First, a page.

Nudging Retirement Savings Among Older Workers

By: Brian Hengesbaugh

It is never too late to save for retirement. With the Baby Boomer generation rapidly approaching retirement age, it is imperative to promote healthy retirement planning.

Although we know that saving for retirement is important, voluntary retirement savings plans are often underutilized. Changing saving habits can be challenging – especially among older employees. Standard interventions that aim to increase retirement savings often focus on the importance of being able to compound the value of savings over many years. This type of intervention often leaves older employees with diminished motivation to increase saving for retirement due to the limited number of years they have remaining to contribute to their savings plan. Older workers may also be harder to influence with interventions because they have had comparatively more opportunities to develop and adhere to personal retirement savings strategies. 

A recent study conducted by a research team at North Carolina State University explored an inexpensive way to nudge older employees to prepare for retirement. The research team developed an informational nudge that highlighted the importance of increased retirement savings specifically for older workers. This nudge was an email sent to older public sector workers that provided information regarding increased either liquidity, catch-up provisions, tax advantages, longevity risks, and increased maximum contribution limits for older workers. The email also included a link to the website for the supplemental retirement plan.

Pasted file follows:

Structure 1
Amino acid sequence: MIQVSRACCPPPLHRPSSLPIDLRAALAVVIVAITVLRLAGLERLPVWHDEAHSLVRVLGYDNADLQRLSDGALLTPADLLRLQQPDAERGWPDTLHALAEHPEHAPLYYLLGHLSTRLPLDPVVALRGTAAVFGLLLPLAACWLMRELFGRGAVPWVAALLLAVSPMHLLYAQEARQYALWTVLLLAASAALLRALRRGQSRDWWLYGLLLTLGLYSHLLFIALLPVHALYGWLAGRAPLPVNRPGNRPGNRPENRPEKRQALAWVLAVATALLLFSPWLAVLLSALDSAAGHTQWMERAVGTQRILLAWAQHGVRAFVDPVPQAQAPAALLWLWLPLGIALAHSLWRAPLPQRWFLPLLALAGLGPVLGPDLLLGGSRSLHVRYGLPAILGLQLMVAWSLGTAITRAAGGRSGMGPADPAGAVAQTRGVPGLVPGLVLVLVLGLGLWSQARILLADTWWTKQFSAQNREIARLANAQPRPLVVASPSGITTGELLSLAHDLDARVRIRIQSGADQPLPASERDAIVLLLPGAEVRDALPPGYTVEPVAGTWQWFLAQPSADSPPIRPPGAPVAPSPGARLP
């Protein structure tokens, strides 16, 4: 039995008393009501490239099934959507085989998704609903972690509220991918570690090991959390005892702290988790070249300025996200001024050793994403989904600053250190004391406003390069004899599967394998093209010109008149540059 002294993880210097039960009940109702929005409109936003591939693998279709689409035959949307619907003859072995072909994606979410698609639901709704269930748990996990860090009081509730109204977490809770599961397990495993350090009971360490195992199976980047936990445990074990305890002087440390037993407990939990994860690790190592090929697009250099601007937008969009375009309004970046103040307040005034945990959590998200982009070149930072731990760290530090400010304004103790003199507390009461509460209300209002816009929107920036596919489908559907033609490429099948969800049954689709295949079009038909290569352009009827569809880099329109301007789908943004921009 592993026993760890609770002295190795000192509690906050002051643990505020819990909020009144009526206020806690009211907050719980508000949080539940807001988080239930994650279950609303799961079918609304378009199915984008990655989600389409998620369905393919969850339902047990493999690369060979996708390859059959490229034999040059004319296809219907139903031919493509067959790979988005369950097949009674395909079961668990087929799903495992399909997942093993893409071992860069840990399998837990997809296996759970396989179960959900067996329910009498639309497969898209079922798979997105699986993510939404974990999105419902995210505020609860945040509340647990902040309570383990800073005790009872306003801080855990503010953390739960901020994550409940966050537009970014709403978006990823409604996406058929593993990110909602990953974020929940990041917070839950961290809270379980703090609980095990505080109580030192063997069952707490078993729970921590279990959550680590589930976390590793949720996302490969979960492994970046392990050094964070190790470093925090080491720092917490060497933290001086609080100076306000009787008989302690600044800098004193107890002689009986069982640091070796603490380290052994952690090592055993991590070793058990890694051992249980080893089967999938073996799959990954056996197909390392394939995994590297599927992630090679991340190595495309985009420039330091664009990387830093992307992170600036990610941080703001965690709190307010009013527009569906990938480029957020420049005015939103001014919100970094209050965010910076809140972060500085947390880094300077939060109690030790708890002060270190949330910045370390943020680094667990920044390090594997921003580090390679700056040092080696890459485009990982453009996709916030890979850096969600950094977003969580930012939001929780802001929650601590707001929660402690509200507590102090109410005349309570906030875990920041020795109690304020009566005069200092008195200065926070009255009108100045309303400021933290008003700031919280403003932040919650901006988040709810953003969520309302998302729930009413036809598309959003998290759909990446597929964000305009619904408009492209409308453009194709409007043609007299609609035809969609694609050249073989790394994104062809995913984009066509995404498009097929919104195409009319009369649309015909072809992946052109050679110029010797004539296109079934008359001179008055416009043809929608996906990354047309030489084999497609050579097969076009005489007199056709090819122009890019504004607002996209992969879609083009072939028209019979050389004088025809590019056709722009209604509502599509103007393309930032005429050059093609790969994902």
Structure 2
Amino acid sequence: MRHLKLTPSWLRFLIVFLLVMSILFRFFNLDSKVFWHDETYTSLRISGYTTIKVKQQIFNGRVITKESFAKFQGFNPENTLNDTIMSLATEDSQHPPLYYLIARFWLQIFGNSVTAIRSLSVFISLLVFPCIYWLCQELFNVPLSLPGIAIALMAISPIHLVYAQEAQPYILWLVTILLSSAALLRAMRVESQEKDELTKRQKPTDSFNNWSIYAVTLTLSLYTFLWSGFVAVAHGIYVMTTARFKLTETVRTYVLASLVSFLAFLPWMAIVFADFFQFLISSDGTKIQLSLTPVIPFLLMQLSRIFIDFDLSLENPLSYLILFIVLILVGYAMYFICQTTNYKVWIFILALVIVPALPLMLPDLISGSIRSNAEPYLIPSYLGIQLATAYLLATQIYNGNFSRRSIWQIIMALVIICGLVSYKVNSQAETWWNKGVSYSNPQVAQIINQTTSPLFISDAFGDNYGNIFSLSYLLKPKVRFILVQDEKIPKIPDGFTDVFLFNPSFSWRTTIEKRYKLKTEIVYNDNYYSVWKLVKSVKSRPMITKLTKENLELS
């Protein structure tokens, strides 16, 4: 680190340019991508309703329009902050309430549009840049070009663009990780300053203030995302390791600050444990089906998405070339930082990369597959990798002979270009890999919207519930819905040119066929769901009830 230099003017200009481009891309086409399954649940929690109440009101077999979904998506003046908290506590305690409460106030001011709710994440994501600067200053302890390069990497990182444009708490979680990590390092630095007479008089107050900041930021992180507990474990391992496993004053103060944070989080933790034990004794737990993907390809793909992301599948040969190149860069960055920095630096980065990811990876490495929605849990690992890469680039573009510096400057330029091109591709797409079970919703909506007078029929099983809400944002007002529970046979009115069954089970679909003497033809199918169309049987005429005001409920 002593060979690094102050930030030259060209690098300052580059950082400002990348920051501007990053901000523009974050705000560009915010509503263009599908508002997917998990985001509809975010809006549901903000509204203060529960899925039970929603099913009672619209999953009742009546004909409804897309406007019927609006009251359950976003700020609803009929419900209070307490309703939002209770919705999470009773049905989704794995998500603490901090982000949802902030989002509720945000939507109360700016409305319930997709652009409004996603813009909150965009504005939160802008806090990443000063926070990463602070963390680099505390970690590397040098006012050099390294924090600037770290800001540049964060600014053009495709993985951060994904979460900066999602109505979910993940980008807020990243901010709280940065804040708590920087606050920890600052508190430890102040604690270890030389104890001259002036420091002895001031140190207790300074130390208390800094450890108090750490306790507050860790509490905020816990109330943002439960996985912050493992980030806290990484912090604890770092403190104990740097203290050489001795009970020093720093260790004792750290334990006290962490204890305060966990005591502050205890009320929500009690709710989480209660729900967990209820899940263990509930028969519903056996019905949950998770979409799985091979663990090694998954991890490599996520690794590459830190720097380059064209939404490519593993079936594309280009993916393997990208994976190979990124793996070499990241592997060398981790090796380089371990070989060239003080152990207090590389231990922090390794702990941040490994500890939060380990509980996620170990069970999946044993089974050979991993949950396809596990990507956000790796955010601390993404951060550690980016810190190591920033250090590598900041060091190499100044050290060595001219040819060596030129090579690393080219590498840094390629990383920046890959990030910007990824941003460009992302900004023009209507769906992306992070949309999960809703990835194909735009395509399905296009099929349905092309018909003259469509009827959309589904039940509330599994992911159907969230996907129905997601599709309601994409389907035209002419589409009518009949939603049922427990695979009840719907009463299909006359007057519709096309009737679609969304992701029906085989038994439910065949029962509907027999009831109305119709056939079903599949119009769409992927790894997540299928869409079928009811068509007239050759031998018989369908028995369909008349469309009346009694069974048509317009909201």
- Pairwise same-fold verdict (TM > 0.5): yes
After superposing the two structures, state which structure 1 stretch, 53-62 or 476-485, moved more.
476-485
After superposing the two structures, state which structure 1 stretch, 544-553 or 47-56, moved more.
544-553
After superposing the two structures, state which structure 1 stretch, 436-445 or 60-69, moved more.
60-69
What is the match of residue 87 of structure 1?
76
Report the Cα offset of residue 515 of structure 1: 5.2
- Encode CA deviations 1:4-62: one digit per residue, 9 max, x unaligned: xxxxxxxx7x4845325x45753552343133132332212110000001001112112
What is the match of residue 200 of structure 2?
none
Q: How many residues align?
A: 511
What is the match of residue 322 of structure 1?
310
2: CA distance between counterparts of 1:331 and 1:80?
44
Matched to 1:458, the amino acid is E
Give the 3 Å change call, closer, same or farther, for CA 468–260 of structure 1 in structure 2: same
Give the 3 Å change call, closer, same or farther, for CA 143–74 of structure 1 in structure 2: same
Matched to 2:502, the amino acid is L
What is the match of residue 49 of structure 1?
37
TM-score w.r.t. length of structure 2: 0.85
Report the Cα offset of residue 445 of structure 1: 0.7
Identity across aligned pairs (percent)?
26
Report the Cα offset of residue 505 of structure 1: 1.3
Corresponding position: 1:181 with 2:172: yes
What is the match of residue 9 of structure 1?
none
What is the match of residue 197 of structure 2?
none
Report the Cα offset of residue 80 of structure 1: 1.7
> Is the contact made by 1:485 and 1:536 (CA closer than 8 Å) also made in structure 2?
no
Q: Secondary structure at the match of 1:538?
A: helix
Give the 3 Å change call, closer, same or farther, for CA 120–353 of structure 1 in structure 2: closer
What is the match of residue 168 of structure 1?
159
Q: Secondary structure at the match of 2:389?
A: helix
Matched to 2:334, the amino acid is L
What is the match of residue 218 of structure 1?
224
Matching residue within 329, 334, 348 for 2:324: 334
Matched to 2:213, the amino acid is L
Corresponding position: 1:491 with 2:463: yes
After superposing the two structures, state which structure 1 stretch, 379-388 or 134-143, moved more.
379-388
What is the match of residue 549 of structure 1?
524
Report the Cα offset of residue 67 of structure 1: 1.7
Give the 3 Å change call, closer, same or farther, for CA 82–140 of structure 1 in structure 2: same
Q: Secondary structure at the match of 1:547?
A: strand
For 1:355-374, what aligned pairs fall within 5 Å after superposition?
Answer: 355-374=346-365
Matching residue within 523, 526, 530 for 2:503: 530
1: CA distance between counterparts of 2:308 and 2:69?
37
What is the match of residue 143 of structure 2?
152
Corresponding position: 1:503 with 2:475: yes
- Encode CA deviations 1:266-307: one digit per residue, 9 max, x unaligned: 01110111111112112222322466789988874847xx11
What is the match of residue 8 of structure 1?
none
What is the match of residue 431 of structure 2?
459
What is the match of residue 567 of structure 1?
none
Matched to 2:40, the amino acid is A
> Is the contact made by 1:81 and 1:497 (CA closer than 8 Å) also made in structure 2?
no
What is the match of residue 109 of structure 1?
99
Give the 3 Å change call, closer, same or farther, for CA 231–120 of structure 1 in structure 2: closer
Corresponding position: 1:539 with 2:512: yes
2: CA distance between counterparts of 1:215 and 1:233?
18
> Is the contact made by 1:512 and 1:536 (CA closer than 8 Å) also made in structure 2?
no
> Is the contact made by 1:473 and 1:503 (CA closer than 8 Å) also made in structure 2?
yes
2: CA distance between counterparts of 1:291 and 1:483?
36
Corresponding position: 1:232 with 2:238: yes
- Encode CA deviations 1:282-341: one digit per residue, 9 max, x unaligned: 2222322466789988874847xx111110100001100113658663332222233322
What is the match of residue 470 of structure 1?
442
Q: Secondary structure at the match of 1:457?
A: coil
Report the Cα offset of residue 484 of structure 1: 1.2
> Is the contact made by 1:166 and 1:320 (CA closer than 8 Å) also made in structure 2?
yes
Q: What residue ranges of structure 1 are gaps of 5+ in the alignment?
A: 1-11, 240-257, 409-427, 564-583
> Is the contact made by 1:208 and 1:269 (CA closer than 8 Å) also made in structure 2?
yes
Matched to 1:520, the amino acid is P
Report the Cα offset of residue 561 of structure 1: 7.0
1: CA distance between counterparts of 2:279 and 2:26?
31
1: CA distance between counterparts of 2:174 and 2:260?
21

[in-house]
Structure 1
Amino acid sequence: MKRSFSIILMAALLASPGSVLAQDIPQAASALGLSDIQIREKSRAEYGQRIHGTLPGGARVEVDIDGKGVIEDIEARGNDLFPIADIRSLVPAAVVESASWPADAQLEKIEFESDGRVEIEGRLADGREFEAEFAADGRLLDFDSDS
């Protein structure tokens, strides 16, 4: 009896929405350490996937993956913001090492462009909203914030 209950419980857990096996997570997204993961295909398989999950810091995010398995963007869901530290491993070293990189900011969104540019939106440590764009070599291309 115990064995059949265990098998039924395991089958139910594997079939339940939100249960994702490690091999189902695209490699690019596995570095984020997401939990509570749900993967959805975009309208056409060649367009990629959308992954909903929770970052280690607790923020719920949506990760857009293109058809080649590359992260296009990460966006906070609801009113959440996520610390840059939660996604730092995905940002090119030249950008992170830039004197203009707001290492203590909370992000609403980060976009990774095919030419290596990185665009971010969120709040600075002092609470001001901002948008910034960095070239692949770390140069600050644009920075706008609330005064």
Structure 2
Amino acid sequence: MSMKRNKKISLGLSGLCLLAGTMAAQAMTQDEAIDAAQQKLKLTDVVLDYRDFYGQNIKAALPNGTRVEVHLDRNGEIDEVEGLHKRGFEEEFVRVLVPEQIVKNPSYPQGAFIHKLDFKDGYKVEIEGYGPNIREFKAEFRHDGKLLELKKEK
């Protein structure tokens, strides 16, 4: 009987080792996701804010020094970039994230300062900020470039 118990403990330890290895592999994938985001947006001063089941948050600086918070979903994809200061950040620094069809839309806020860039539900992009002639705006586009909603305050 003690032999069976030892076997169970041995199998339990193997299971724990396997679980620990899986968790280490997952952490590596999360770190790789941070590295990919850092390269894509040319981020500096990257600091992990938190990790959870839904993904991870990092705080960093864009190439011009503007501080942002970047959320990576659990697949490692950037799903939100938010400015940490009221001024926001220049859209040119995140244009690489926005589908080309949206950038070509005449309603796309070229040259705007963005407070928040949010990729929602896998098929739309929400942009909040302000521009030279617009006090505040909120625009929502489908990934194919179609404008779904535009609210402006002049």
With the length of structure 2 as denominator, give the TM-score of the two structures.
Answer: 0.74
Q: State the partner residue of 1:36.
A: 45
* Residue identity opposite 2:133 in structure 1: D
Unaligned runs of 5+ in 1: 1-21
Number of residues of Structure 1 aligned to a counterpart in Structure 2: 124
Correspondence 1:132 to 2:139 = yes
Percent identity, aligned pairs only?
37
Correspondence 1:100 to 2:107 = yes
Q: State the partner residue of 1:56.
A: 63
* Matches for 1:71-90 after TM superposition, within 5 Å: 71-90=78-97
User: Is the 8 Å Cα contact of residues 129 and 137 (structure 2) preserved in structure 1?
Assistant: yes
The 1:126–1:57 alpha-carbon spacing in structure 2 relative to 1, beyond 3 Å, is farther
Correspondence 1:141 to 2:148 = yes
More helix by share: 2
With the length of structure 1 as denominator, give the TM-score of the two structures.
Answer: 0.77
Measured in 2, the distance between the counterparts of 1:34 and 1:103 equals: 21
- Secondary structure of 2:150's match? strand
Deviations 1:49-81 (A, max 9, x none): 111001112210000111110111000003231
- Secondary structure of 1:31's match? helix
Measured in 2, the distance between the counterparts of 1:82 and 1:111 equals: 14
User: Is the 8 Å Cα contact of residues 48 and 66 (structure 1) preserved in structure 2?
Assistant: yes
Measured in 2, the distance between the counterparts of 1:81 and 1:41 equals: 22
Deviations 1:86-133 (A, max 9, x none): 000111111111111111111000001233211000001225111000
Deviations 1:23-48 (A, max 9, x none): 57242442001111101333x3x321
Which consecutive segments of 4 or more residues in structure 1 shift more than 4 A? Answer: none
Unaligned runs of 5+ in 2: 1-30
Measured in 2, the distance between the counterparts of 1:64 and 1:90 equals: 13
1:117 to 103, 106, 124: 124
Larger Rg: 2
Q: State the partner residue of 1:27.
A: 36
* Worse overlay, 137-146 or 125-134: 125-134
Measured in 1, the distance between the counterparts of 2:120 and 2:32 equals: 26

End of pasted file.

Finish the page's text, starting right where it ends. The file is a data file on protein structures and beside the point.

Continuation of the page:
The experiment found that, as a result of a nudge, there was a statistically significant increase in supplemental retirement plan contributions among older workers who were already participating in a supplemental retirement savings plan. Additionally, those that received a nudge reported they were more likely to have a retirement plan and feel more confident with their retirement preparedness. The effect of a nudge was limited to individuals who were already participating in a supplemental retirement savings plan and did not influence older workers to begin making voluntary retirement savings contributions. 

What did this experiment show us?
(1)    Low-cost informational nudges in the form of emails targeted to older individuals who are already saving for retirement are shown to be a valid intervention to improve retirement income security.
(2)    There are different situational factors and lived experiences that frame the decisions of older workers. These situational factors and experiences must be taken into consideration as we seek to improve economic stability for workers of all ages.
 

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